Adcock v. Social Security Administration

Filing 18

OPINION AND ORDER by Magistrate Judge Kimberly E. West affirming the decision of the ALJ.(sjr, Chambers)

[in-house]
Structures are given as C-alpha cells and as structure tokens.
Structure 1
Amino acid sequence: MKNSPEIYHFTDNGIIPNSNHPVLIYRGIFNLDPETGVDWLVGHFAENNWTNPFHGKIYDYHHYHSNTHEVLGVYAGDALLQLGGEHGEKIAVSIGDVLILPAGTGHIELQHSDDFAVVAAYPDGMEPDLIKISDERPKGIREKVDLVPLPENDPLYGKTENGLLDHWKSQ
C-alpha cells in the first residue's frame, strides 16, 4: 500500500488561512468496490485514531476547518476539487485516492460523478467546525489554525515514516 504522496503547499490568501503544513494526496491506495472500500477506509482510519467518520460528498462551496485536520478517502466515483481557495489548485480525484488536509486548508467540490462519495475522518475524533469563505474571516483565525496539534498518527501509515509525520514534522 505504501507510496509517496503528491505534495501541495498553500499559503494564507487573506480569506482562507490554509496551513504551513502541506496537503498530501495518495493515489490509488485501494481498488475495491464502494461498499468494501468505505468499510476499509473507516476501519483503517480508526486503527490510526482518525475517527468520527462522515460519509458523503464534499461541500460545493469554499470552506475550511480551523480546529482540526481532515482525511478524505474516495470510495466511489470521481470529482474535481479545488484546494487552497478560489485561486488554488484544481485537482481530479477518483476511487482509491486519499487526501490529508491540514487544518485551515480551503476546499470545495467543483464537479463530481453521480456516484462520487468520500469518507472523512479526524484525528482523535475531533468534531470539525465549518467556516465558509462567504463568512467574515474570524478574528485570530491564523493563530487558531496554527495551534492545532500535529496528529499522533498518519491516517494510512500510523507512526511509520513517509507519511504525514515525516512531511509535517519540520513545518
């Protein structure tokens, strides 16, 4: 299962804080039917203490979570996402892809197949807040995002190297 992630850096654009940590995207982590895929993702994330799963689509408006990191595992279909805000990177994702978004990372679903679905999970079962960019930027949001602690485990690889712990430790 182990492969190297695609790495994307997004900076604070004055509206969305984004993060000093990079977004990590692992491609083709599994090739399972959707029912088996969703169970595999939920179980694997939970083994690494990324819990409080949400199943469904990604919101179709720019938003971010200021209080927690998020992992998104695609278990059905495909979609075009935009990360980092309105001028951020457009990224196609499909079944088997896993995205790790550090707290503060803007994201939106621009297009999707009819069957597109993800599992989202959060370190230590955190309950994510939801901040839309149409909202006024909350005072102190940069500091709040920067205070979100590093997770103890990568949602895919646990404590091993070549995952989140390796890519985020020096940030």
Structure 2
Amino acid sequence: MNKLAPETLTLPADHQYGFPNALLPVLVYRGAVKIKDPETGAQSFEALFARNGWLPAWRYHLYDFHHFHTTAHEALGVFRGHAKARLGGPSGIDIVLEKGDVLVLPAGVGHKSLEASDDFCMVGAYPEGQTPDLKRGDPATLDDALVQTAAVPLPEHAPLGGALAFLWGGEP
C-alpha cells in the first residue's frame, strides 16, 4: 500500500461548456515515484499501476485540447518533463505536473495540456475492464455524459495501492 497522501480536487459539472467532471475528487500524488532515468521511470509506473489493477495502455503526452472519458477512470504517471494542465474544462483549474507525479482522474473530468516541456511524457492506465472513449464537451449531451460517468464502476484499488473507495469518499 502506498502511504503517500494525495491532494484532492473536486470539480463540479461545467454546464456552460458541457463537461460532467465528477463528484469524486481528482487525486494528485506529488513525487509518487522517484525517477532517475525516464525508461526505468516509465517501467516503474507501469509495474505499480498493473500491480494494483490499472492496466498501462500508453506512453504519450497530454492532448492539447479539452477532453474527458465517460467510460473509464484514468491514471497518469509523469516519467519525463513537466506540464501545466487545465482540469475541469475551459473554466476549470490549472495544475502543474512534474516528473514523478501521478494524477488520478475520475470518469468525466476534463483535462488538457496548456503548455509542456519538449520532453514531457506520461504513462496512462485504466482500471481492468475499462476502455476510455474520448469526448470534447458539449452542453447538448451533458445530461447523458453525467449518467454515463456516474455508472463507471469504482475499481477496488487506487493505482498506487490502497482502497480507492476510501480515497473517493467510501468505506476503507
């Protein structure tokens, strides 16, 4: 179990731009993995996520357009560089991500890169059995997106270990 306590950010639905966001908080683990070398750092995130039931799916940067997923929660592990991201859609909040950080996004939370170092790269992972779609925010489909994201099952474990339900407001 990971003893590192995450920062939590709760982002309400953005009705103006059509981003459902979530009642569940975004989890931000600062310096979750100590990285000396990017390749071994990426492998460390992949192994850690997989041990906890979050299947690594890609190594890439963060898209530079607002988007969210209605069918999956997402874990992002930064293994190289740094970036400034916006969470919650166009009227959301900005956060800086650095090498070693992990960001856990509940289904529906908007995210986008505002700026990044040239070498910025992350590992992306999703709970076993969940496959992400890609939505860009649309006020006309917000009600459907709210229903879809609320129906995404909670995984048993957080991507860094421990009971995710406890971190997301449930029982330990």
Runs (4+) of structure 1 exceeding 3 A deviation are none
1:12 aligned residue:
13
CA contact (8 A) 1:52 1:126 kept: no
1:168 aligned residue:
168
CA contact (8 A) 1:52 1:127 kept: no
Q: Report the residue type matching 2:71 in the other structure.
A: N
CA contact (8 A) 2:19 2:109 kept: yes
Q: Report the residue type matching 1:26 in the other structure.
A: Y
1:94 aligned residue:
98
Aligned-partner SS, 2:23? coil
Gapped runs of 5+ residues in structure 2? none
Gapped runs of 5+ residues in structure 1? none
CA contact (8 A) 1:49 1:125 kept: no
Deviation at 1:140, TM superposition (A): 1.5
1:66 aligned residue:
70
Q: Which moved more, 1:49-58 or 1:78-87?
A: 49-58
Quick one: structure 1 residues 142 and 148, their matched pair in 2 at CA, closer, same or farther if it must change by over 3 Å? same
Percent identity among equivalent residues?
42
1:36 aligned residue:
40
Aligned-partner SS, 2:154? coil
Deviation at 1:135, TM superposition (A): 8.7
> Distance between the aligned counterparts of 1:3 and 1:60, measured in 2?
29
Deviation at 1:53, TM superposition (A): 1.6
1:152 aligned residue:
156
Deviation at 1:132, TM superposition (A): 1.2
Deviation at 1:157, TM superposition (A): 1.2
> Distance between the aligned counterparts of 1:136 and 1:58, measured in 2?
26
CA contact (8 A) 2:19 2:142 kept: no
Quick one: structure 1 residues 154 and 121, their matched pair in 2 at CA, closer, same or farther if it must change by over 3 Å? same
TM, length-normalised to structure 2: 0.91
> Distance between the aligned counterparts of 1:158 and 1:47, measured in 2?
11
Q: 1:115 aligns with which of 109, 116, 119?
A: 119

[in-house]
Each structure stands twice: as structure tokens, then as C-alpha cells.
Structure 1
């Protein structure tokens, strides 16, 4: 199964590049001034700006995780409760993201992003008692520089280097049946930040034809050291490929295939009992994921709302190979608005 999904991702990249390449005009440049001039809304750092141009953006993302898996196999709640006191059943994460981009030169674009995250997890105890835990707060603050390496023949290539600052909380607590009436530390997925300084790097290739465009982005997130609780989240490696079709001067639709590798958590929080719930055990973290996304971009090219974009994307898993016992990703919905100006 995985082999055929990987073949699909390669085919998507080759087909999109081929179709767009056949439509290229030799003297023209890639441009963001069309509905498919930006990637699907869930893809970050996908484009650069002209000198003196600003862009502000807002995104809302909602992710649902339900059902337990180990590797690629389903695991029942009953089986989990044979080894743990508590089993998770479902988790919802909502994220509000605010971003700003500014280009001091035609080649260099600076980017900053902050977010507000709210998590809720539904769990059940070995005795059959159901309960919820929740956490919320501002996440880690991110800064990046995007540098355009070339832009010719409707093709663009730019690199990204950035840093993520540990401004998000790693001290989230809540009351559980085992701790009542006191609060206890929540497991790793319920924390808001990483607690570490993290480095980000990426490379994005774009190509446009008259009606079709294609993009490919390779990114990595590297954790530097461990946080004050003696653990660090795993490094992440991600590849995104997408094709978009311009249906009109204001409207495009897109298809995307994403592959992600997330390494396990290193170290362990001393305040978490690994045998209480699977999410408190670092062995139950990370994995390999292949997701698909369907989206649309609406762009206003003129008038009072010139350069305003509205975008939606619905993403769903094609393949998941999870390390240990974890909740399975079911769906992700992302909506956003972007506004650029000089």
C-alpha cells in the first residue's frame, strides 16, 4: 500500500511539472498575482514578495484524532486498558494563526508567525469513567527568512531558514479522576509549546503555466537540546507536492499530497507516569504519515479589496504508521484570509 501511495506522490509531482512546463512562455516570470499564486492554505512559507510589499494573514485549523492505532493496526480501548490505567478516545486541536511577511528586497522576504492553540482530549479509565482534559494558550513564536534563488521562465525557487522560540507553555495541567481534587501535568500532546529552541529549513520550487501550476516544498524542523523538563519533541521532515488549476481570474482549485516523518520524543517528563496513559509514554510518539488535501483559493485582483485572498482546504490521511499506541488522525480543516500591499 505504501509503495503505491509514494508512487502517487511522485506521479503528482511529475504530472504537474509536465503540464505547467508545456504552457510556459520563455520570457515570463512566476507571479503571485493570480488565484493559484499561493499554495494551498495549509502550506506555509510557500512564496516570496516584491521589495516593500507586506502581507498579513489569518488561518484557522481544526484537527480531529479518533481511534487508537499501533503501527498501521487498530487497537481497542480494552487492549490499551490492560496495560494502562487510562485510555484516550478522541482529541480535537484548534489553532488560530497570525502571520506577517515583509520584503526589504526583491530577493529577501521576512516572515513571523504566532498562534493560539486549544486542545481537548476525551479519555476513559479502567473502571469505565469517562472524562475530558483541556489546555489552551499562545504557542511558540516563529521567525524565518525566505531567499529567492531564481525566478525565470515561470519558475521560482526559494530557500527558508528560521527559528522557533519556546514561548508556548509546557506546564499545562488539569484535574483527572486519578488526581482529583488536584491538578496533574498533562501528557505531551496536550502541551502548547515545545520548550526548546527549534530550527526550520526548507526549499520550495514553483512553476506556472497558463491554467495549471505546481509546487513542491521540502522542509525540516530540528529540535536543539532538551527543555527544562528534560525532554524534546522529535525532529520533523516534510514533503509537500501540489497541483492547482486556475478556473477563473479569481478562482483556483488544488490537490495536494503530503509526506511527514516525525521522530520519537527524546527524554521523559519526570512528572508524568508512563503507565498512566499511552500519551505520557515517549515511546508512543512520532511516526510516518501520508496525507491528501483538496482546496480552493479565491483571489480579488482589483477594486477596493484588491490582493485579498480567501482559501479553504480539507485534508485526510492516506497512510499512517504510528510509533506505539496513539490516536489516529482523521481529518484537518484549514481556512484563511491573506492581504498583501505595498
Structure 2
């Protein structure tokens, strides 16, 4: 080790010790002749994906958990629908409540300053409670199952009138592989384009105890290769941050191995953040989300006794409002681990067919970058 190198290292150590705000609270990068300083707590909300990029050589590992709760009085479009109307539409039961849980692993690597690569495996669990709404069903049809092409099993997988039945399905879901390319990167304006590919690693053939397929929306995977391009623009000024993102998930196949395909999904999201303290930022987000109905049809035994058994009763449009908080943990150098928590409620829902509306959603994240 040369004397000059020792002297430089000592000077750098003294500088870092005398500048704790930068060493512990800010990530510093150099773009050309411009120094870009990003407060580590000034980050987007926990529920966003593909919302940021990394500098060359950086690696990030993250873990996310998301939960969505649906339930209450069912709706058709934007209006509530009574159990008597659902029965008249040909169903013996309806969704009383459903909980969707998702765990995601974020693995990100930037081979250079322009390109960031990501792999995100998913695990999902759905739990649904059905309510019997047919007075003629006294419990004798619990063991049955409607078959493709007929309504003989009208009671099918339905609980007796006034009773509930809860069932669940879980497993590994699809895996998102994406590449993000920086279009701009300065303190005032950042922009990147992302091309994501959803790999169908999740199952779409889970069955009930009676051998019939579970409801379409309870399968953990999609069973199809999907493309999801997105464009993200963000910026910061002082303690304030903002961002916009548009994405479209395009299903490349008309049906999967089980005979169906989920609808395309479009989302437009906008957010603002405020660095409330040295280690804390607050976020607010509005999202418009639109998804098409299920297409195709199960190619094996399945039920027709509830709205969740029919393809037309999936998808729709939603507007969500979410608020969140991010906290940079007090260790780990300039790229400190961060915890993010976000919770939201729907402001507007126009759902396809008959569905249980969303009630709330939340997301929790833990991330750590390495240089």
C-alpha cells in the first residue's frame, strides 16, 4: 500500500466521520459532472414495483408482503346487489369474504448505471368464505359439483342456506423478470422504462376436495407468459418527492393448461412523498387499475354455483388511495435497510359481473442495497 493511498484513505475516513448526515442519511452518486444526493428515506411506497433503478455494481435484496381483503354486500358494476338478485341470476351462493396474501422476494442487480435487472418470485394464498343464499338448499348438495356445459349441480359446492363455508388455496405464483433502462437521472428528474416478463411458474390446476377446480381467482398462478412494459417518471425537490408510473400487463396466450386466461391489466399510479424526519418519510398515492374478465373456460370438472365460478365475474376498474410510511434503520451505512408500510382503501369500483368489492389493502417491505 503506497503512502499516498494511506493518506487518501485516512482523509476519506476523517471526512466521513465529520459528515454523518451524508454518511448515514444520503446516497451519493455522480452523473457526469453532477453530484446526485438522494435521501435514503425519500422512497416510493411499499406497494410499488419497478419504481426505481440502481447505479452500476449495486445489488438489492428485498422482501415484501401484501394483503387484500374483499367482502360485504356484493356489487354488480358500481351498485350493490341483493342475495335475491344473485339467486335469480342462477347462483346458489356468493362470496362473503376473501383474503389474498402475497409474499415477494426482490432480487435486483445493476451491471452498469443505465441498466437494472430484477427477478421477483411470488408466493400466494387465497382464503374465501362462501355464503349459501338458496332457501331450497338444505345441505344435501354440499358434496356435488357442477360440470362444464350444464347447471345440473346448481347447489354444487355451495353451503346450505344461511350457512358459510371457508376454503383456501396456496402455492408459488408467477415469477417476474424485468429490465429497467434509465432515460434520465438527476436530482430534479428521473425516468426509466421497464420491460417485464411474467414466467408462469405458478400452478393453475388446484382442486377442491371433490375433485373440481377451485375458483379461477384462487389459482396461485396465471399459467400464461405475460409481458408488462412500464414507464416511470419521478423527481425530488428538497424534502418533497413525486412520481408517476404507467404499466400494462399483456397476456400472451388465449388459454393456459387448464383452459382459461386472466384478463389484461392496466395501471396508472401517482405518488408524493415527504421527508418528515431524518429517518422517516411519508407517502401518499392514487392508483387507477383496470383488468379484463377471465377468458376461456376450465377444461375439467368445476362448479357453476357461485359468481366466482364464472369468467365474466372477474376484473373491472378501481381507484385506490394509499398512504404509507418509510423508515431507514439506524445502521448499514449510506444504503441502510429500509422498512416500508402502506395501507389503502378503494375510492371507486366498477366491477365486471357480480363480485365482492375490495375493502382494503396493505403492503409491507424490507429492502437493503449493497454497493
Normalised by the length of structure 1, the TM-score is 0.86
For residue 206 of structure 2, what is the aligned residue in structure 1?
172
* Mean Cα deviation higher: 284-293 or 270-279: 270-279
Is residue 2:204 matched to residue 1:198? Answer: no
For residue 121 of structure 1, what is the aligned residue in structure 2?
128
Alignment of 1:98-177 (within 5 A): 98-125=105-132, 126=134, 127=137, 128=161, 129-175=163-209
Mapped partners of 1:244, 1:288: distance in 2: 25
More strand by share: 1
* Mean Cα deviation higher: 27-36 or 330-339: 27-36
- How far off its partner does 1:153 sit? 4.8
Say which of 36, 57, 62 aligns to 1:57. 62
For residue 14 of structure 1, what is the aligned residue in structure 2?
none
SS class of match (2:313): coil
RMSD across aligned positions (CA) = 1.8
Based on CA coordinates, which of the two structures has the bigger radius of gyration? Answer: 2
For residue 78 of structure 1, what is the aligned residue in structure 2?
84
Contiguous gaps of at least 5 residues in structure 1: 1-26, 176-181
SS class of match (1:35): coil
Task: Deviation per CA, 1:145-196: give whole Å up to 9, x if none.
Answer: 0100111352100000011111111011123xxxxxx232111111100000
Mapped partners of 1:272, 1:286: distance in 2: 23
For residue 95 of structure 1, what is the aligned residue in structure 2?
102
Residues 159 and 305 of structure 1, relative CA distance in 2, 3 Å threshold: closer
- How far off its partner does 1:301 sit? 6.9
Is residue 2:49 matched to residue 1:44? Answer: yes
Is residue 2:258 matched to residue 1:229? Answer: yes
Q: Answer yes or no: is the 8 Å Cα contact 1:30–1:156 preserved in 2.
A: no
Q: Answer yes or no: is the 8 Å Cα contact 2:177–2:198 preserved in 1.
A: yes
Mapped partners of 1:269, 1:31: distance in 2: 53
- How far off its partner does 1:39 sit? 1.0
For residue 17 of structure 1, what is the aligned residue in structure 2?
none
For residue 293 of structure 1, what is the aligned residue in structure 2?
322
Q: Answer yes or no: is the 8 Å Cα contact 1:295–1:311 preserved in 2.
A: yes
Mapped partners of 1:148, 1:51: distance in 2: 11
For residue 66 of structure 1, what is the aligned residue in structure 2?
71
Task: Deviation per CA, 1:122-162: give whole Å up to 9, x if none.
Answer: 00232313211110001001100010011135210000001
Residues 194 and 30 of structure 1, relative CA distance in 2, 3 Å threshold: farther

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IN THE UNITED STATES DISTRICT COURT FOR THE EASTERN DISTRICT OF OKLAHOMA SUSY K. ADCOCK, ) ) ) ) ) ) ) ) ) ) ) Plaintiff, v. NANCY A. BERRYHILL, Acting Commissioner of Social Security Administration, Defendant. Case No. CIV-16-218-KEW OPINION AND ORDER Plaintiff Susy K. Adcock (the “Claimant”) requests judicial review of the decision of the Commissioner of the Social Security Administration (the “Commissioner”) denying Claimant’s application for disability benefits under the Social Security Act. Claimant appeals the decision of the Administrative Law Judge (“ALJ”) and asserts that the Commissioner erred because the ALJ incorrectly determined that discussed below, Claimant it is was the not disabled. finding of this For the Court reasons that the Commissioner’s decision should be and is AFFIRMED. Social Security Law and Standard of Review Disability under the Social Security Act is defined as the “inability to engage in any substantial gainful activity by reason of any medically determinable physical or mental impairment. . .” 42 U.S.C. § 423(d)(1)(A). A claimant is disabled under the Social Security Act “only if his physical or mental impairment or impairments are of such severity that he is not only unable to do his previous work but cannot, considering his age, education, and work experience, engage in any other kind of substantial gainful work which exists §423(d)(2)(A). in the national economy. . .” 42 U.S.C. Social Security regulations implement a five-step sequential process to evaluate a disability claim. See, 20 C.F.R. §§ 404.1520, 416.920.1 Judicial review of the Commissioner’s determination is limited in scope by 42 U.S.C. § 405(g). two inquiries: substantial This Court’s review is limited to first, whether the decision was supported by evidence; and, second, 1 whether the correct legal Step one requires the claimant to establish that he is not engaged in substantial gainful activity, as defined by 20 C.F.R. §§ 404.1510, 416.910. Step two requires that the claimant establish that he has a medically severe impairment or combination of impairments that significantly limit his ability to do basic work activities. 20 C.F.R. §§ 404.1521, 416.921. If the claimant is engaged in substantial gainful activity (step one) or if the claimant’s impairment is not medically severe (step two), disability benefits are denied. At step three, the claimant’s impairment is compared with certain impairments listed in 20 C.F.R. Pt. 404, Subpt. P, App. 1. A claimant suffering from a listed impairment or impairments “medically equivalent” to a listed impairment is determined to be disabled without further inquiry. If not, the evaluation proceeds to step four, where claimant must establish that he does not retain the residual functional capacity (“RFC”) to perform his past relevant work. If the claimant’s step four burden is met, the burden shifts to the Commissioner to establish at step five that work exists in significant numbers in the national economy which the claimant – taking into account his age, education, work experience, and RFC – can perform. Disability benefits are denied if the Commissioner shows that the impairment which precluded the performance of past relevant work does not preclude alternative work. See generally, Williams v. Bowen, 844 F.2d 748, 750-51 (10th Cir. 1988). 2 standards were applied. Hawkins v. Chater, 113 F.3d 1162, 1164 (10th Cir. 1997)(citation omitted). The term “substantial evidence” has been interpreted by the United States Supreme Court to require “more than a mere scintilla. It means such relevant evidence as a reasonable mind might accept as adequate to support a conclusion.” Richardson v. Perales, 402 U.S. 389, 401 (1971) (quoting Consolidated Edison Co. v. NLRB, 305 U.S. 197, 229 (1938)). The court may not re-weigh the evidence nor substitute its discretion for that of the agency. Casias v. Secretary of Health & Human Servs., 933 F.2d 799, 800 (10th Cir. 1991). Nevertheless, the court must review the record as a whole, and the “substantiality of the evidence must take into account whatever in the record fairly detracts from its weight.” Universal Camera Corp. v. NLRB, 340 U.S. 474, 488 (1951); see also, Casias, 933 F.2d at 800-01. Claimant’s Background Claimant was 57 years old at the time of the ALJ’s decision. Claimant completed her high school associate’s degree in business. education and obtained an Claimant has worked in the past as an office manager, receptionist, bank teller, librarian assistant, and video store clerk. beginning November 5, Claimant alleges an inability to work 2012 due to limitations resulting from depression, stress, mood disorder, drug addiction, sciatic nerve 3 pain, disc deterioration, heart disease, high blood pressure, anxiety, and alcoholism. Procedural History On February 4, 2013, Claimant protectively filed for disability insurance benefits under Title II (42 U.S.C. § 401, et seq.) of the Social Security Act. Claimant’s application was and upon reconsideration. denied initially On July 22, 2014, an administrative hearing was held before Administrative Law Judge (“ALJ”) Bernard Porter in McAlester, Oklahoma. By decision dated October 30, 2014, the ALJ denied Claimant’s request for benefits. The Appeals Council denied review on March 28, 2016. As a result, the decision of the ALJ represents the purposes of further appeal. Commissioner’s final decision for 20 C.F.R. §§ 404.981, 416.1481. Decision of the Administrative Law Judge The ALJ made his decision at step four of the sequential evaluation. He determined that while Claimant suffered from severe impairments, she did not meet a listing and retained the residual functional capacity (“RFC”) to perform her past relevant work. Errors Alleged for Review Claimant asserts the ALJ committed error in (1) failing to properly evaluate the medical source evidence; (2) failing to 4 perform a proper analysis at step four; and (3) failing to make a proper credibility determination. Consideration of the Medical Source Evidence In his decision, the ALJ found Claimant suffered from the severe impairments of lumbar disc disease, rheumatoid arthritis, a history of polysubstance abuse, hypertension, anxiety disorder, depressive disease. disorder, (Tr. 21). fibromyalgia, and small vessel ischemic The ALJ determined Claimant retained the RFC to perform light work except that she could lift/carry 20 pounds occasionally and ten pounds frequently; stand for up to six hours, walk for up to six hours, and sit for up to six hours; could push and pull as much as she could lift and carry; was limited to occasional climbing of ramps and stairs; could never climb ladders and scaffolds; could frequently balance, stoop, and crouch; could occasionally kneel; and could never crawl. Claimant could not work around unprotected heights and moving mechanical parts. She should avoid temperature extremes. Claimant was limited to frequent interactions with supervisors, co-workers, and the public. could require time off tasks accommodated by normal breaks. She (Tr. 25). At step four, the ALJ concluded Claimant retained the RFC to perform her past relevant work as a bank teller and assistant 5 librarian after consultation with a vocational expert. (Tr. 30). As a result, the ALJ determined Claimant was not disabled from November 5, 2012 through the date of the decision. Id. Claimant contends the ALJ failed to properly consider and evaluate the opinion of her treating psychiatrist, Dr. Joe Speer. Dr. Speer completed a mental health medical source statement pertaining to Claimant’s condition on March 5, 2013. He stated Claimant suffered from bipolar disorder which imposed more than minimal limitations on her. He characterized her condition as having frequent mood swings, anger, anxiety, and depression. She had an inability to maintain meaningful employment and difficulty relating to other people. Dr. Speer described Claimant’s current functional limitations as Pt. is unable to hold a job, has had several in past few years having been terminated or quitting due to mood swings. Pt. having bouts of [alcohol] use, placed residentially in treatment 3 mos. ago. Maintains a dysfunctional relationship w/her immediate family. Decompensations frequent. (Tr. 822). The ALJ concluded that Dr. Speer’s opinion was entitled to “little weight”, however, because he found the opinion to be “inconsistent with the medical evidence of record and the claimant’s activities of daily living and contradicts the other medical opinion evidence.” (Tr. 29). 6 The ALJ recognized that Claimant sought mental health treatment from Dr. Speer and took Paxil, Pristiq, Trazodone, and Valium for her mental impairments. He noted Claimant found the medication to be helpful except for treating her anxiety. (Tr. 27). He also noted she received a GAF score of 72 before her amended onset date but diminished its impact on his decision. Id. The ALJ also cited to Claimant’s activities of daily living. He stated Claimant could attend AA meetings, attend church, feed her dogs, do laundry, pay bills, spend thirty minute to an hour on her computer, visit the doctor, drive about five times per week, goes to the store, attends her grandson’s sports games, and drove one hour to get to the hearing to testify. The ALJ gave “significant weight” (Tr. 28). to the state agency consultative professionals’ opinions on Claimant’s mental status. The psychologists, Dr. Ron Cummings and Dr. Diane Hyde, came to their conclusions after reviewing Claimant’s medical records. Hyde found under the “B” criteria that Claimant had Dr. mild restrictions in activities of daily living, mild difficulties in maintaining social functioning, moderate difficulties in maintaining concentration, persistence, or pace, and one or two episodes of decompensation of extended duration. (Tr. 76). She concluded from her review of the records that Claimant’s primary 7 mental impairment appeared to be alcohol abuse. She found Claimant responded to treatment for her depression and alcohol. Claimant engaged in various activities of daily living, experiences some problems with memory, concentration, and anger, as well as some problems getting along with others. Dr. Hyde found while Claimant alleged her symptoms were debilitating, the objective evidence did not fully support her claim. She further stated that “[t]he combination of clinical data and descriptive information suggests that functional limitations are mildly to moderately impaired.” (Tr. 77). She concluded that the medical record did not support evidence of frequent mood swings, anger, and difficulties relating to people. Id. Dr. Hyde found Claimant had limitations in understanding and memory. Claimant’s ability to understand and remember detailed instructions was “moderately limited”. concentration and persistence She was also found to have limitations which “moderately limited” her ability to carry out detailed instructions. Dr. Hyde concluded Claimant could perform simple and some complex tasks with routine supervision, could relate to others, and could adapt to a work situation. (Tr. 80-81). Dr. Cummings made the identical findings but added that Claimant did not allege any new mental impairments or worsening of 8 any psychologically based symptoms at reconsideration. Subsequent treatment notes from Creek Nation Behavioral Health indicated Claimant was not using alcohol or drugs, her medications were helpful with no signs of psychosis or mania, fully oriented, agitated behavior, clear speech, anxious mood, average intellect, cooperative attitude, good judgment, and logical thought processes. Claimant was diagnosed with major depressive disorder. (Tr. 94). Dr. Cummings made the identical findings of limitation as determined by Dr. Hyde. (Tr. 97-98). After finding these opinions were entitled to “significant weight” in one portion of the decision, the ALJ then found the findings of mild restrictions in activities of daily living, mild difficulties in maintaining social functioning, moderate difficulties in maintaining concentration, persistence, or pace and one or two episodes of decompensation were only entitled to “some weight.” Instead, the ALJ determined the record supported a finding of mild restriction of activities of daily living, mild difficulties in maintaining concentration, persistence, or pace, and moderate difficulties in maintaining social functioning. He also found no episodes of decompensation “that would rise to the level required by the ‘paragraph B’ criteria of the Listings.” (Tr. 29). 9 This Court has carefully reviewed the records from Dr. Speer which appear in the record. On May 14, 2013, Dr. Speer found Claimant’s mental status to be largely unremarkable other than she was agitated and anxious. She was then diagnosed with major depressive affective disorder, single episode and “other suspected mental condition.” (Tr. 922-23). In deciding how much weight to give the opinion of a treating physician, an ALJ must first determine whether the opinion is entitled to “controlling weight.” Watkins v. Barnhart, 350 F.3d 1297, 1300 (10th Cir. 2003). An ALJ is required to give the opinion of a treating physician controlling weight if it is both: (1) “wellsupported by medically acceptable clinical and laboratory diagnostic techniques”; and (2) “consistent with other substantial evidence in the record.” Id. (quotation omitted). “[I]f the opinion is deficient in either of these respects, then it is not entitled to controlling weight.” Id. Even if a treating physician's opinion is not entitled to controlling weight, “[t]reating source medical opinions are still entitled to deference and must be weighed using all of the factors provided in 20 C.F.R. § 404.1527.” Id. (quotation omitted). factors reference in that section are: The (1) the length of the treatment relationship and the frequency of examination; (2) the 10 nature and extent of the treatment relationship, including the treatment provided and the kind of examination or testing performed; (3) the degree to which the physician's opinion is supported by relevant evidence; (4) consistency between the opinion and the record as a whole; (5) whether or not the physician is a specialist in the area upon which an opinion is rendered; and (6) other factors brought to the ALJ's attention which tend to support or contradict the opinion. Id. at 1300-01 (quotation omitted). After considering these factors, the ALJ must “give good reasons” for the weight he ultimately assigns the opinion. 20 C.F.R. § 404.1527(d)(2); Robinson v. Barnhart, 366 F.3d 1078, 1082 (10th Cir. 2004)(citations omitted). Any such findings must be “sufficiently specific to make clear to any subsequent reviewers the weight the adjudicator gave to the treating source’s medical opinions and the reason for that weight.” Id. “Finally, if the ALJ rejects the opinion completely, he must then give specific, legitimate reasons for doing so.” Watkins, 350 F.3d at 1301 (quotations omitted). Dr. Speers’ own treatment records do not support the level of limitation he urged in his source statement. Moreover, the level and nature of Claimant’s activities of daily living contradict Dr. Speers’ opinion and his restrictions are not supported by the other medical evidence of record. As a result, the ALJ did not err in 11 his assessment of Dr. Speers’ opinion and rejection of further restrictions in the RFC. Step Four Analysis Claimant suggests that the ALJ’s RFC was erroneous because it included frequent interaction supported by the evidence. with the public which is not This Court has determined that the ALJ’s RFC was supported by substantial evidence. Additionally, Claimant contends the ALJ and vocational expert erred in identifying bank teller and library assistant as past relevant work when the agency paperwork indicates these jobs were not past relevant work. (Tr. 82, 99). The ALJ analyzed these jobs and found them to be past relevant work. (Tr. 30). He was entitled to his own analysis rather than adopting that of another. Moreover, the vocational expert identified these jobs as available given Claimant’s level of limitation in the RFC. (Tr. 64-66). Claimant also asserts the ALJ failed to perform the necessary analysis under step four. In analyzing Claimant’s ability to engage in her past work, the ALJ must assess three phases. In the first phase, the ALJ must first determine the claimant’s RFC. Winfrey v. Chater, 92 F.3d 1017, 1023 (10th Cir. 1996). This Court has determined that the ALJ’s RFC was supported. In the second phase, the ALJ must determine the demands of the 12 claimant’s past relevant work. Id. In making this determination, the ALJ may rely upon the testimony of the vocational expert. Doyal v. Barnhart, 331 F.3d 758, 761 (10th Cir. 2003). this case posed a hypothetical which the The ALJ in vocational expert identified as being met by the demands of Claimant’s past relevant work. (Tr. 64-66). The third and final phase requires an analysis as to whether the claimant has the ability to meet the job demands found in phase two despite the limitations found in phase one. at 1023. Winfrey, 92 F.3d The ALJ made the necessary findings that Claimant could meet the job demands of her past relevant work. (Tr. 30). As a result, the ALJ did not err at step four. Credibility Determination Claimant contends the ALJ failed to properly assess her credibility. The ALJ concluded that her statements were “not entirely credible” in boilerplate language. However, as related earlier in this Opinion and Order, Claimant engaged in an array of activities of daily living that were inconsistent with the level of limitation to which she testified. The ALJ also recited the examination findings which contradicted Claimant’s statements of disabling pain. (Tr. 26-27). Evidence indicated full range of motion in her spine, normal gait, normal strength and no joint 13 swelling. (Tr. 26, 290, 743, 752, 913). It is well-established that “findings as to credibility should be closely and affirmatively linked to substantial evidence and not just a conclusion in the guise of findings.” F.3d 387, 391 (10th Cir. 1995). Kepler v. Chater, 68 “Credibility determinations are peculiarly in the province of the finder of fact” and, as such, will not be disturbed when supported by substantial evidence. Id. Factors to be considered in assessing a claimant’s credibility include (1) the individual’s daily activities; (2) the location, duration, frequency, and intensity of the individual’s pain or other symptoms; (3) factors that precipitate and aggravate the symptoms; (4) the type, dosage, effectiveness, and side effects of any medication the individual takes or has taken to alleviate pain or other symptoms; (5) treatment, other than medication, the individual receives or has received for relief of pain or other symptoms; (6) any measures other than treatment the individual uses or has used to relieve pain or other symptoms (e.g., lying flat on his or her back, standing for 15 to 20 minutes every hour, or sleeping on a board); and (7) any other factors concerning the individual's functional limitations and restrictions due to pain or other symptoms. Soc. Sec. R. 96-7p; 1996 WL 374186, 3. The ALJ relied upon appropriate factors in evaluating the 14 credibility of Claimant’s statements. The nature of Claimant’s treatment, the objective medical testing, and the inconsistencies between the claimed restrictions and Claimant’s activities all form specific and legitimate reasons for the ALJ’s questioning of Claimant’s credibility. Conclusion The decision of the Commissioner is supported by substantial evidence and the correct legal standards were applied. Therefore, this Court finds, in accordance with the fourth sentence of 42 U.S.C. § 405(g), the ruling of the Commissioner of Social Security Administration should be and is AFFIRMED. IT IS SO ORDERED this 28th day of September, 2017. ______________________________ KIMBERLY E. WEST UNITED STATES MAGISTRATE JUDGE 15